Periodontics

By Dr. Vishaal Bhat on Friday 28 December 2007 with 0 comments



Pathological changes affecting the periodontium may occur at temporary, mixed and permanent dentition. Various forms of gingivitis or gingivostomatitis are the most common diseases. Periodontal diseases at children may be divided into three classes.

At the first group of diseases, the periodontium is damaged by a local noxa and this damage is limited to a small area. Permanent teeth are more often affected. Irritation by a incorrectly made filling, a denture, pathological tension of either upper or lower lip frenum, eventually shallow vestibulum oris are among the most typical examples. That is why such an emphasis is put not only to teeth restorative care, but also to a timely frenectomy. Surgical correction of a shallow vestibule should be practiced at the age of 14 and up.

At the second group of diseases, the periodontium is damaged by pathological processes that originate in surrounding tissues, e.g. inflammatory and necrotic states, tumorous growth etc. If the cause is removed successfully, the disease does not spread further.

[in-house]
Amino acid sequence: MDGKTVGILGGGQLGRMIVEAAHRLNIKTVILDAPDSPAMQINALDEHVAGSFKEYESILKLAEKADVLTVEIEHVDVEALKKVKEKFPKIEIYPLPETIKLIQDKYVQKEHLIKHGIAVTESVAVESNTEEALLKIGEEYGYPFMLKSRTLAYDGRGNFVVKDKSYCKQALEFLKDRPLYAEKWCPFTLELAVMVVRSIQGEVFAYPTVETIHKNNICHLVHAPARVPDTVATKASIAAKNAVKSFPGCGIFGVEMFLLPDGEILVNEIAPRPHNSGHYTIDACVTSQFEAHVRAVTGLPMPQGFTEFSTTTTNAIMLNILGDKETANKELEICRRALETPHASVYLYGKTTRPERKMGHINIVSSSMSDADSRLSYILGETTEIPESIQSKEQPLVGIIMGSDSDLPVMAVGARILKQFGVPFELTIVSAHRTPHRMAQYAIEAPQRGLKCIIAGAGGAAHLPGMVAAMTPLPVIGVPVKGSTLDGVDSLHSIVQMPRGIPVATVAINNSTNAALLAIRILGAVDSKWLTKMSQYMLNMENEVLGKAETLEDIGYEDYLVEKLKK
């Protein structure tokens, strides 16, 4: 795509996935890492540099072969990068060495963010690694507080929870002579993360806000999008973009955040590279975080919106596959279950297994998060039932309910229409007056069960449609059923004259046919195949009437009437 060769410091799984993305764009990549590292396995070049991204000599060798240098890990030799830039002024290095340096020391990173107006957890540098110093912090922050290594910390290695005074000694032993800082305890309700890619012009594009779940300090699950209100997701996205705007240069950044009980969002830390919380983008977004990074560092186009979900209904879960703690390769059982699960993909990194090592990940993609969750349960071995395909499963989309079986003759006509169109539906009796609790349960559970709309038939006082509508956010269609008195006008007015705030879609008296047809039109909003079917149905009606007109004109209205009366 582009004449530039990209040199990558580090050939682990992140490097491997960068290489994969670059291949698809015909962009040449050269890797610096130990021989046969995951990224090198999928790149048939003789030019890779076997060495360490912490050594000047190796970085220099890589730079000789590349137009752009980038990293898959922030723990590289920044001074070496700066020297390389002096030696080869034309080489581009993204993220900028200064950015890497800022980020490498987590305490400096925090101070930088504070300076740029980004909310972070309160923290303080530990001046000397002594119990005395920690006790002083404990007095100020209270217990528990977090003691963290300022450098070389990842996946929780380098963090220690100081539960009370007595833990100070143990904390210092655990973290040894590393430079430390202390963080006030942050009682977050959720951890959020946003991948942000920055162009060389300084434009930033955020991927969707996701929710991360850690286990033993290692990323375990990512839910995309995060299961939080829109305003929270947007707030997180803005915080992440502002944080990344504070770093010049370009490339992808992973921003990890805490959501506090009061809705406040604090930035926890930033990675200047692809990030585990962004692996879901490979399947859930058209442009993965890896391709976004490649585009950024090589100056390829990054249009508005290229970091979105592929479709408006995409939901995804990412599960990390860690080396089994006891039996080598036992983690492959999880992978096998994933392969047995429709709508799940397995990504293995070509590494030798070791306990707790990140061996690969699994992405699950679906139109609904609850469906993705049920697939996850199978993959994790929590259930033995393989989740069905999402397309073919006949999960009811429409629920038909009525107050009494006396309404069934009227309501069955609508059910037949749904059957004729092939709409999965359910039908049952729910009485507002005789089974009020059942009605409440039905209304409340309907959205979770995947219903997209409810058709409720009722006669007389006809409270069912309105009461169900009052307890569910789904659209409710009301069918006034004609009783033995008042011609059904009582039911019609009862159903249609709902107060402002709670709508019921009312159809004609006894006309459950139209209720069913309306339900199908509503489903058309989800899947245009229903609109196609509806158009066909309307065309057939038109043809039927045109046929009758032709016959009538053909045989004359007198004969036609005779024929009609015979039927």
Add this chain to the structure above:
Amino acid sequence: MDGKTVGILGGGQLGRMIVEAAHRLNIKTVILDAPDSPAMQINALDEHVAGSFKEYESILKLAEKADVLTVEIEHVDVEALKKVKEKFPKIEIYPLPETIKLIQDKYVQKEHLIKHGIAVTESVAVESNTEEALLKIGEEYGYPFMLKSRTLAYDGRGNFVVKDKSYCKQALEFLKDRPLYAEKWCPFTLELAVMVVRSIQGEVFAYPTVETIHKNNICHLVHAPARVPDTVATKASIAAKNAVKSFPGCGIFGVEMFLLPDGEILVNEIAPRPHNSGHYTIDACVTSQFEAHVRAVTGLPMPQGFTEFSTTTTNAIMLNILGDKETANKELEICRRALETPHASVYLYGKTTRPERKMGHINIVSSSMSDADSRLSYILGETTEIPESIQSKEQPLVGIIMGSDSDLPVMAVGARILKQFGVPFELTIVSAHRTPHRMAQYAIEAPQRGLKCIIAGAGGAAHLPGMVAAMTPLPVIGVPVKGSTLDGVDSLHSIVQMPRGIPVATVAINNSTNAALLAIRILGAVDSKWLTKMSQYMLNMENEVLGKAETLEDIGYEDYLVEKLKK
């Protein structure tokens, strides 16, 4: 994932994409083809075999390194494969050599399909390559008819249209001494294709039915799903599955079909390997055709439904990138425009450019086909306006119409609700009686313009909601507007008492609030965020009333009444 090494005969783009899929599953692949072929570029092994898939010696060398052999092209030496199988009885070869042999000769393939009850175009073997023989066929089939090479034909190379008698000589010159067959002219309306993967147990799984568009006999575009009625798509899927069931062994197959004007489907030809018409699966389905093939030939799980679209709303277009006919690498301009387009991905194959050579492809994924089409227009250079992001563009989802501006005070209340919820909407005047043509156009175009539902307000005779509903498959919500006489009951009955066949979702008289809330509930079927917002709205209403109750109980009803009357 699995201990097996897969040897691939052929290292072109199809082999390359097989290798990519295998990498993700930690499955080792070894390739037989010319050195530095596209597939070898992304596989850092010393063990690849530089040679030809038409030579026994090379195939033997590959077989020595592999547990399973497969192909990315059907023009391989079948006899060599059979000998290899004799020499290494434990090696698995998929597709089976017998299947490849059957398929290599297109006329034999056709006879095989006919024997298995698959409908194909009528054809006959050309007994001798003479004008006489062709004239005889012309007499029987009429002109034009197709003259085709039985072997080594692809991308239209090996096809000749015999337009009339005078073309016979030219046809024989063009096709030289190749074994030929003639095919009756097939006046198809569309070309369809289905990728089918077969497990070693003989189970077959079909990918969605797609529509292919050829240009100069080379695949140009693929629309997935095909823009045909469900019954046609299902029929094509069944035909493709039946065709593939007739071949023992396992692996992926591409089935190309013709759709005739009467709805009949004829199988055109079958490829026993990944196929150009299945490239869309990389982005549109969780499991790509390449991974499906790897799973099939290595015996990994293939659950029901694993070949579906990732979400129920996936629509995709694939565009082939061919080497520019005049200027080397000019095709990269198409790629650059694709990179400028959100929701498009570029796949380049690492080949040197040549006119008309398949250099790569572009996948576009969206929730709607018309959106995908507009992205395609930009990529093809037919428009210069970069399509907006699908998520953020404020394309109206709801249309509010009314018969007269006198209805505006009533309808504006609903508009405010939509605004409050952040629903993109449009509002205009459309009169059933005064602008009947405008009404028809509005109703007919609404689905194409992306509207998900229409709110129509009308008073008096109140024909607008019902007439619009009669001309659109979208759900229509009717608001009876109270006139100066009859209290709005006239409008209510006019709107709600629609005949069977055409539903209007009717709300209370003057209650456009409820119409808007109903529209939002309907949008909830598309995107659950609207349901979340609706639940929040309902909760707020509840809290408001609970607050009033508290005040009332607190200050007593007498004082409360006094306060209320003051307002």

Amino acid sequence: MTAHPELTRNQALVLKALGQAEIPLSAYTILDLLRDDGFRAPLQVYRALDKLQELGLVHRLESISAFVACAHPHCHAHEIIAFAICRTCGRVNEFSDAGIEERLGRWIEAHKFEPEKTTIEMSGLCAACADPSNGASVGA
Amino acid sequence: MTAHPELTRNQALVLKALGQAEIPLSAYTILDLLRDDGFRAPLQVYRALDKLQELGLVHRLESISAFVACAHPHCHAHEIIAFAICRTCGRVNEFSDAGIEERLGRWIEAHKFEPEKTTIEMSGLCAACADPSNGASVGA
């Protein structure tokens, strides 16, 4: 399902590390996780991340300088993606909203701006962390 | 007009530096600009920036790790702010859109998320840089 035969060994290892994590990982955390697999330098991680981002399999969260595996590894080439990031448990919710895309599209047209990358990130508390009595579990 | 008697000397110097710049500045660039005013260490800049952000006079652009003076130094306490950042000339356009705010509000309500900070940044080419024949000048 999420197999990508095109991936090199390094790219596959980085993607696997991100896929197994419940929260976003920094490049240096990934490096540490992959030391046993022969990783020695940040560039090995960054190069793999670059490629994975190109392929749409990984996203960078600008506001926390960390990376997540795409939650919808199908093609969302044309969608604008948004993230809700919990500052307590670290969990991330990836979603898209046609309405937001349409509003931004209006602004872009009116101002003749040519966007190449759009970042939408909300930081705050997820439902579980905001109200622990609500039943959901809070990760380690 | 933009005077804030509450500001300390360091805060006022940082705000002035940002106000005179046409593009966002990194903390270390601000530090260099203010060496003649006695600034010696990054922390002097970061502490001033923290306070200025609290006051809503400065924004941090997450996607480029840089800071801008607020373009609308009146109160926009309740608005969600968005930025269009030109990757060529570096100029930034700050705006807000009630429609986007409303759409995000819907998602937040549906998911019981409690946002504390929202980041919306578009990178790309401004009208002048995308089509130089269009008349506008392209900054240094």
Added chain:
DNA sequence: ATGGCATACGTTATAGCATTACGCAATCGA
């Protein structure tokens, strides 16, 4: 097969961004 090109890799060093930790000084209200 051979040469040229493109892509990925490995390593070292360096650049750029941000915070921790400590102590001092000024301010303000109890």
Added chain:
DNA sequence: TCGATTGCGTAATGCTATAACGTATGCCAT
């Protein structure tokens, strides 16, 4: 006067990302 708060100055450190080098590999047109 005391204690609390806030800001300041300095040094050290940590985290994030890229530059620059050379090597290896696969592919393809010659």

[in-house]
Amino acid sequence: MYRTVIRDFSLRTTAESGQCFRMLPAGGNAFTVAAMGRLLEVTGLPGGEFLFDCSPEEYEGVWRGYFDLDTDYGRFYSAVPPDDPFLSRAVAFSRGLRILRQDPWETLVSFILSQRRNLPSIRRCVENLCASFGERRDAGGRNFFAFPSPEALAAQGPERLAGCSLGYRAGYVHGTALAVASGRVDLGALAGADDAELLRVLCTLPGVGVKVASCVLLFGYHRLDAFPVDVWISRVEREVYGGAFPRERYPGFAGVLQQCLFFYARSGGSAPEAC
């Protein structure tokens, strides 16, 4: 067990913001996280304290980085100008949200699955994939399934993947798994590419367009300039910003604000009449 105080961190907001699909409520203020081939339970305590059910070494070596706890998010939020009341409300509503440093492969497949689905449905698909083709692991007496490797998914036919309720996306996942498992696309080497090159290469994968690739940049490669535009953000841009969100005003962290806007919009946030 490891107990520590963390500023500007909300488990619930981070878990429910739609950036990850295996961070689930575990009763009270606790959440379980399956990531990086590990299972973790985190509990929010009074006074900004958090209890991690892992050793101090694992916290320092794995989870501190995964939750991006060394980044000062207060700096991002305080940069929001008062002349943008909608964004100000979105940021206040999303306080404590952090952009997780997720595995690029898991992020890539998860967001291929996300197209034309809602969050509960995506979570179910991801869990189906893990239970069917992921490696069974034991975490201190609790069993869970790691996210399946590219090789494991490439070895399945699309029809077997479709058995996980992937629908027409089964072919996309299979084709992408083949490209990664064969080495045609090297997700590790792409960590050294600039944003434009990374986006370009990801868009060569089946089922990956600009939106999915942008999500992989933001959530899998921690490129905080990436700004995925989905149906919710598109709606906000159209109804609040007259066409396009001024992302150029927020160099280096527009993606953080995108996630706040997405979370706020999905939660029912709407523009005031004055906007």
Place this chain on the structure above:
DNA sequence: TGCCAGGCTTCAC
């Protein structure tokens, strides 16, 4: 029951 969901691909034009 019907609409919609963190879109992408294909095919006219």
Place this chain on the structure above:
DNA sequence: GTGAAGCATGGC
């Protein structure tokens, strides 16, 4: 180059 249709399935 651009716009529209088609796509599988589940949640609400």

At the third group there are diffuse alterations of periodontal tissues that result in a premature loss of temporary or permanent teeth. Progress of destructive changes is rapid. A systemic disease or metabolic disorder are usually the cause: Down’s syndrome, ectodermal dysplasia, skin diseases, diabetes mellitus.

Category: Restorative Dentistry Notes

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